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Electropop is a music genre combining elements of electronic and pop genres. Usually, it is described as a variant of synth-pop with heavy emphasis on its electronic sound. The genre has seen a revival of popularity and major influence since the 2000s.[1]

HistoryEdit

Early 1980sEdit

During the early 1980s, British artists such as Gary Numan, the Human League, Soft Cell, John Foxx and Visage helped pioneer a new synth-pop style that drew more heavily from electronic music and emphasized primary usage of synthesizers,[4] while the electro style was largely developed by Afrika Bambaataa, who was heavily influenced by Yellow Magic Orchestra and Kraftwerk, and in turn influenced the 1980s pop music style of Madonna.[5]

Some fascinating new music began arriving on these shores; it was dubbed electropop, because electronic instrumentation — mainly synthesizers and syndrums — was used to craft pop songs. ”Pop Muzik” by M was one of the first. There was a gradual accumulation of worthy electropop discs, though they were still mostly heard only in rock discos. But in 1981, the floodgates opened, and ”new music” at last made a mighty splash. The breakthrough song was ”Don't You Want Me” by the Human League.

— Anglomania: The Second British Invasion, by Parke Puterbaugh for Rolling Stone, November 1983.[6]

21st centuryEdit

The media in 2009 ran articles proclaiming a new era of different electropop stars and indeed, saw a rise in popularity of several electropop artists. In the Sound of 2009 poll of 130 music experts conducted for the BBC, ten of the top fifteen artists named were of the electropop genre.[7] Lady Gaga had major commercial success since 2008 with her debut album The Fame. Music writer Simon Reynolds noted that "Everything about Gaga came from electroclash, except the music, which wasn't particularly 1980s".[8] The Korean pop music scene has also become dominated and influenced by electropop, particularly with boy bands and girl groups such as Super Junior, SHINee, f(x) and Girls' Generation.[9]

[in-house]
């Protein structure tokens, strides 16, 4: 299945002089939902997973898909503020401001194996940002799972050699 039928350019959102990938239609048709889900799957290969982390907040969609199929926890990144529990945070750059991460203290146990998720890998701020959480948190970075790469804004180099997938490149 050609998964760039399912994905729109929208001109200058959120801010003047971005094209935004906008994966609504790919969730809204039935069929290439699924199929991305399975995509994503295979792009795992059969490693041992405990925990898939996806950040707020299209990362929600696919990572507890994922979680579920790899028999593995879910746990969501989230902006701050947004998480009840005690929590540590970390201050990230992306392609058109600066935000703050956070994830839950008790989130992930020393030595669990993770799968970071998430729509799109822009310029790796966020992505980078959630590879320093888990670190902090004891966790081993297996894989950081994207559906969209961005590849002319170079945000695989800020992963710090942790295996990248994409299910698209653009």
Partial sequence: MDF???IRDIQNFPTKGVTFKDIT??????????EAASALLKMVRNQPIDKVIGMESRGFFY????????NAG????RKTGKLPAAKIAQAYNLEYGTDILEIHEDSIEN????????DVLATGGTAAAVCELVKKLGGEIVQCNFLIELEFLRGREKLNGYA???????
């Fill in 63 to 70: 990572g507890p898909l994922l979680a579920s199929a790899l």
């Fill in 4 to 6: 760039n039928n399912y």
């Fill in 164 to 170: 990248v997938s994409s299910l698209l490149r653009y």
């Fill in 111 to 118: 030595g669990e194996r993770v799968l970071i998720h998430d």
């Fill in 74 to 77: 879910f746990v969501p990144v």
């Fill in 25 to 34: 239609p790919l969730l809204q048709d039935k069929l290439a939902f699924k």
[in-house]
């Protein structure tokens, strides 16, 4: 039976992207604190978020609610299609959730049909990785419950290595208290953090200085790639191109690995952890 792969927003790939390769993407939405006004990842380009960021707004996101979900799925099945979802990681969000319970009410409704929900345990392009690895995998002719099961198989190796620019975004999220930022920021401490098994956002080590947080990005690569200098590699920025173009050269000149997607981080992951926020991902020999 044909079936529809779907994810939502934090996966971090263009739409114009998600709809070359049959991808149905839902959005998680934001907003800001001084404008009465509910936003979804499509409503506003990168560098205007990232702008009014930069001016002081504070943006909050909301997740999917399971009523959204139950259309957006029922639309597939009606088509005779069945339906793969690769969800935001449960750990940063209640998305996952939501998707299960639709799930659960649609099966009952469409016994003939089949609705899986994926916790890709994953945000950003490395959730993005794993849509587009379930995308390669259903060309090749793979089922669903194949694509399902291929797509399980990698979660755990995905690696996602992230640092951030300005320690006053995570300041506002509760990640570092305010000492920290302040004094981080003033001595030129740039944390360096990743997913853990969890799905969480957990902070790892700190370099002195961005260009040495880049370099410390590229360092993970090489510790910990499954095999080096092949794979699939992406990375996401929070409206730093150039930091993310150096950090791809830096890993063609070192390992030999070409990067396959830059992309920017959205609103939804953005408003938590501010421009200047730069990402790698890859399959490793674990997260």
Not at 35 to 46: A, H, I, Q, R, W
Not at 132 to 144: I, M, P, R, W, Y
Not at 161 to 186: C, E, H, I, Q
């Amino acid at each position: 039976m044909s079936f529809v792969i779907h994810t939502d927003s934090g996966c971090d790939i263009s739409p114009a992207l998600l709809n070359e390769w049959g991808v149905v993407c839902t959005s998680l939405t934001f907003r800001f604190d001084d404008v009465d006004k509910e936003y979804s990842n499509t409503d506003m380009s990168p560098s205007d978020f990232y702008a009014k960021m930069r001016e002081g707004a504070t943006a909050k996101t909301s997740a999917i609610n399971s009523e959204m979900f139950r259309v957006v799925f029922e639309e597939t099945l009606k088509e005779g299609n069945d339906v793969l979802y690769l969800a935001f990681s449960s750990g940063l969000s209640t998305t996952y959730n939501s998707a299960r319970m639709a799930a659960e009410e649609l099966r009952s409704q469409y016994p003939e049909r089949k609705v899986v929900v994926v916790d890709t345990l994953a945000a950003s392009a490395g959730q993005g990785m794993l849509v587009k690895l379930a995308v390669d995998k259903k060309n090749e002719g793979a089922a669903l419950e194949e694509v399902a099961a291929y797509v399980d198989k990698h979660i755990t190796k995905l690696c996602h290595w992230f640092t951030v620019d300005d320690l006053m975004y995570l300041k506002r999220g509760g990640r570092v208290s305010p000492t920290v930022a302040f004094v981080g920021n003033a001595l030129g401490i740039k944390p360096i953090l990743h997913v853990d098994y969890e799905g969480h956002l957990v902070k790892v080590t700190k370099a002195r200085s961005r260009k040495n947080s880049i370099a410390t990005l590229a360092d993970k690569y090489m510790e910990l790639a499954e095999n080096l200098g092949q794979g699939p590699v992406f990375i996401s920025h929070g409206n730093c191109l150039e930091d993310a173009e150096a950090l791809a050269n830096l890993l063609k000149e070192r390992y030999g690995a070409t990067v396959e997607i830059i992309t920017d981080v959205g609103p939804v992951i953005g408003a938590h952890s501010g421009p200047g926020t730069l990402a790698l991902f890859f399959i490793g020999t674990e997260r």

Singer Michael Angelakos of Passion Pit said in a 2009 interview that while playing electropop was not his intention, the limitations of dorm life made the genre more accessible.[10]

In 2009, James Oldham—head of artists and repertoire at A&M Records—was quoted as saying "All A&R departments have been saying to managers and lawyers: 'Don't give us any more bands because we're not going to sign them and they're not going to sell records.' So everything we've been put on to is electronic in nature."[11][12]

See alsoEdit

ReferencesEdit

  1. ^ a b c Jones 2006, p. 107.
  2. ^ Jon Pareles (March 21, 2010). "Spilling Beyond a Festival's Main Courses". The New York Times.
  3. ^ "Spilling Beyond a Festival's Main Courses". The New York Times. 22 March 2010 – via New York Times.
  4. ^ Reynolds 2005, pp. 296-308.
  5. ^ David Toop (March 1996), "A-Z Of Electro", The Wire (145), retrieved 2011-05-29
  6. ^ "Anglomania: The Second British Invasion". Rolling Stone. Retrieved 29 April 2019.
  7. ^ UK gaga for electro-pop, guitar bands fight back Archived 2009-07-23 at the Wayback Machine, The Kuwait Times, January 28, 2009
  8. ^ The 1980s revival that lasted an entire decade by Simon Reynolds for The Guardian 22 January 2010
  9. ^ Mullins, Michelle (15 January 2012). "K-pop splashes into the west". The Purdue University Calumet Chronicle. Archived from the original on 4 June 2013. Retrieved 22 June 2012.
  10. ^ "Interview: Michael Angelakos of Passion Pit Boston Phoenix October 1, 2009".
  11. ^ "Gaga for girl power". smh.com.au.
  12. ^ Neil McCormick (5 August 2009). "La Roux, Lady Gaga, Mika, Little Boots: the 80s are back". Telegraph.co.uk.

Bibliography